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In no-limit or pot-limit poker, a player's M-ratio (also called "M number", "M factor"[1] or just "M") is a measure of the health of a player's chip stack as a function of the cost to play each round. In simple terms, a player can sit passively in the game, making only compulsory bets, for M laps of the dealer button before running out of chips. A high M means the player can afford to wait a high number of rounds before making a move. The concept applies primarily in tournament poker; in a cash game, a player can in principle manipulate his M at will, simply by purchasing more chips.

A player with a low M must act soon or be weakened by the inability to force other players to fold with aggressive raises.

The term was named after Paul Magriel.


The M-ratio is calculated by the formula:

For example, a player in an eight-player game with blinds of $50/$100, an ante of $10, and a stack of $2,300 has an M-ratio of 10:

That is, if the player only makes the compulsory bets, he will be "blinded out" of the game in 10 rounds, or 80 hands.

Dan Harrington studied the concept in great detail in Harrington on Holdem: Volume II The Endgame, [2] defining several "zones" in which the M-ratio may fall:[3]

Zone name M-ratio "Optimal" strategy
Green zone M ≥ 20 Most desirable situation, freedom to play conservatively or aggressively as you choose[4]
Yellow zone 10 ≤ M < 20 Must take more risks,[3] hands containing small pairs and small suited connectors lose value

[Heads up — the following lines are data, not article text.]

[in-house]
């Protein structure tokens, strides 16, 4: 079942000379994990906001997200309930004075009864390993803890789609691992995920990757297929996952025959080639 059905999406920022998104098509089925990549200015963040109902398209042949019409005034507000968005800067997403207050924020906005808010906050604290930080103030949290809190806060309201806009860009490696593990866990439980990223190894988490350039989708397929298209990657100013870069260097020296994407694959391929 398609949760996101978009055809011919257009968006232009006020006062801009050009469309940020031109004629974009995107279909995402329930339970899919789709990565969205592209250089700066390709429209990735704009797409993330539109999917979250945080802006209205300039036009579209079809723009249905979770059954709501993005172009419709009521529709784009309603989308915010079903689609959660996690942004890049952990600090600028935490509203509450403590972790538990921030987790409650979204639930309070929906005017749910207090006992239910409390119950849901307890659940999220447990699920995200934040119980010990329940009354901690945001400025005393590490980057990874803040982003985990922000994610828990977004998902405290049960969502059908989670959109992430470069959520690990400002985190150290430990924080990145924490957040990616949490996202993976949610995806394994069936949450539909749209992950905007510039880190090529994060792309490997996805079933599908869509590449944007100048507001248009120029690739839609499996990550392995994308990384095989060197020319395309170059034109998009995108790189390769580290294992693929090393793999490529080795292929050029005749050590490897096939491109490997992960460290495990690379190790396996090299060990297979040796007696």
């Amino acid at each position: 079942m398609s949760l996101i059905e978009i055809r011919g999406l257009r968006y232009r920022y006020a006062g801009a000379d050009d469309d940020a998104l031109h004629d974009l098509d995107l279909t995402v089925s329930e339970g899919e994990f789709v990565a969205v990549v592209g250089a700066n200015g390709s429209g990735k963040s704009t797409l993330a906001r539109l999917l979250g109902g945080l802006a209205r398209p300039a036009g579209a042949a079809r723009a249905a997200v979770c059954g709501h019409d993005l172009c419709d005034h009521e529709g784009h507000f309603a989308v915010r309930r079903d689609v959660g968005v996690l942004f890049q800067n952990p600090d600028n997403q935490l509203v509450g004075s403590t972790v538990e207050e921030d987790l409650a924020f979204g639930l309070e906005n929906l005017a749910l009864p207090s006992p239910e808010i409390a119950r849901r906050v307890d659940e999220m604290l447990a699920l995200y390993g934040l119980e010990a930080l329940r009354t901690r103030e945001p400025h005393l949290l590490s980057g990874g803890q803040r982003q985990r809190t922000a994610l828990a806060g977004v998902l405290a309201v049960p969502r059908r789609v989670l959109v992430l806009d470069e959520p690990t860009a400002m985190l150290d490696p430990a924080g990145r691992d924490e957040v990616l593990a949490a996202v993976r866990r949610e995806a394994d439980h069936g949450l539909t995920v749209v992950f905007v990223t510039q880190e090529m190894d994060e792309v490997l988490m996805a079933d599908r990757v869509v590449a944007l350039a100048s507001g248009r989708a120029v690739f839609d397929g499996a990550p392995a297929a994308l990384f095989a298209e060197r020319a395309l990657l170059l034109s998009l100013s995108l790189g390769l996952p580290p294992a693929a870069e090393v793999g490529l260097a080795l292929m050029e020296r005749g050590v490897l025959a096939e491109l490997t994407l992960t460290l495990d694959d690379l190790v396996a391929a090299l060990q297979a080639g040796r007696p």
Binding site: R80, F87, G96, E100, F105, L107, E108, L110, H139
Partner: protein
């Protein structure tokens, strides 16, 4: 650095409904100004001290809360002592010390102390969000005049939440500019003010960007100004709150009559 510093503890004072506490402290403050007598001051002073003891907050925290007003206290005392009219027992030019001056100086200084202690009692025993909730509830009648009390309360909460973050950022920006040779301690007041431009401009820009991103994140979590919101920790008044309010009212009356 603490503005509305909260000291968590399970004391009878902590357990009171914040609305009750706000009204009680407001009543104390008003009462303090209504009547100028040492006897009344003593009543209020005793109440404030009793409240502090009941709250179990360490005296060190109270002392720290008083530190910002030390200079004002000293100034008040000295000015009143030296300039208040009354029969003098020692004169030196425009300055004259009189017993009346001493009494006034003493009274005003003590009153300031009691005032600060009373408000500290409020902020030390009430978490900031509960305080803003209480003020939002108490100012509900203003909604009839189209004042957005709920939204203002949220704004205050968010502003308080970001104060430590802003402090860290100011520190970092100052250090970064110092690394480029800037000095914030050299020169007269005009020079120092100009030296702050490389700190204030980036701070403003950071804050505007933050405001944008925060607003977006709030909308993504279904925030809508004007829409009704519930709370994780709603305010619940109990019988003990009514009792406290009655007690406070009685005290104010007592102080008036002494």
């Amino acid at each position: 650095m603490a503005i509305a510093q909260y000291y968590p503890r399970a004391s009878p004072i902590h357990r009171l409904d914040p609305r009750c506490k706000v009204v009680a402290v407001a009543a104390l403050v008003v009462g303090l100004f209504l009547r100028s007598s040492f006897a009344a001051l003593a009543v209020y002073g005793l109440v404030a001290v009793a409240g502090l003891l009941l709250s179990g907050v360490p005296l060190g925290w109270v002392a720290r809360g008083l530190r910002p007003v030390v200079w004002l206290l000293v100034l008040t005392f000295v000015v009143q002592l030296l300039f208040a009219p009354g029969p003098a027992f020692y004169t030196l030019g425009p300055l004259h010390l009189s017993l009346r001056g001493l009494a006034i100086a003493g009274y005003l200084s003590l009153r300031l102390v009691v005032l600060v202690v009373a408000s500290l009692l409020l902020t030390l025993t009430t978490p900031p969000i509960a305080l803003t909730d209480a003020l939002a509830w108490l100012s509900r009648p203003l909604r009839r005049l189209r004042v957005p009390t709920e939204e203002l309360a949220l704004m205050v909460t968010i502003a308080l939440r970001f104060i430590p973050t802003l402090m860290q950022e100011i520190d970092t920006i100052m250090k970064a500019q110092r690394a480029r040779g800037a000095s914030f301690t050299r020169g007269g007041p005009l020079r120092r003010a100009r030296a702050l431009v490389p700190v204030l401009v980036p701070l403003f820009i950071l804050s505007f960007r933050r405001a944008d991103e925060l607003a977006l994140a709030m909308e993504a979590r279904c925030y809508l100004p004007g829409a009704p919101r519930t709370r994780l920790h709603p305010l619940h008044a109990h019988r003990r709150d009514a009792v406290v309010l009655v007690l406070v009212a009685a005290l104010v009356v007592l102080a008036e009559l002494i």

Orange zone 6 ≤ M < 10 Main focus is to be first-in whatever you decide to play, important to preserve chips
Red zone 1 ≤ M < 6 Your only move is to move all-in or fold
Dead zone M < 1 You are completely dependent on luck to survive. The only move is to push all-in into an empty pot

Effective M[edit]

Harrington further develops the concept to account for shortening tables, as is seen at the closing stages of multi-table tournaments. The M-ratio is simply multiplied by the percentage of players remaining at the table, assuming a ten-player table to be "full". [5]

Therefore, for a player with a "simple M ratio" of 9 at a five player table, the effective M is 4.5:

This means that although the player's simple M value places him in the orange zone, his effective M dictates a shift in playing style appropriate for the red zone. In essence, ten times the effective M denotes the expected number of hands a player can let pass before running out of chips.

See also[edit]


  1. ^ PokerGreed.com: Understand what hands to play in a tournament [1]. Accessed 2008-03-25
  2. ^ Harrington on Holdem: The Endgame - Poker Book Reviews Archived 2006-12-07 at the Wayback Machine
  3. ^ a b Tournament No-Limit Hold'em: Harrington's Zone System - Poker Strategy - PokerListings.com
  4. ^ Harrington on Holdem, Volume II, p129
  5. ^ Poker Tracker 4 Review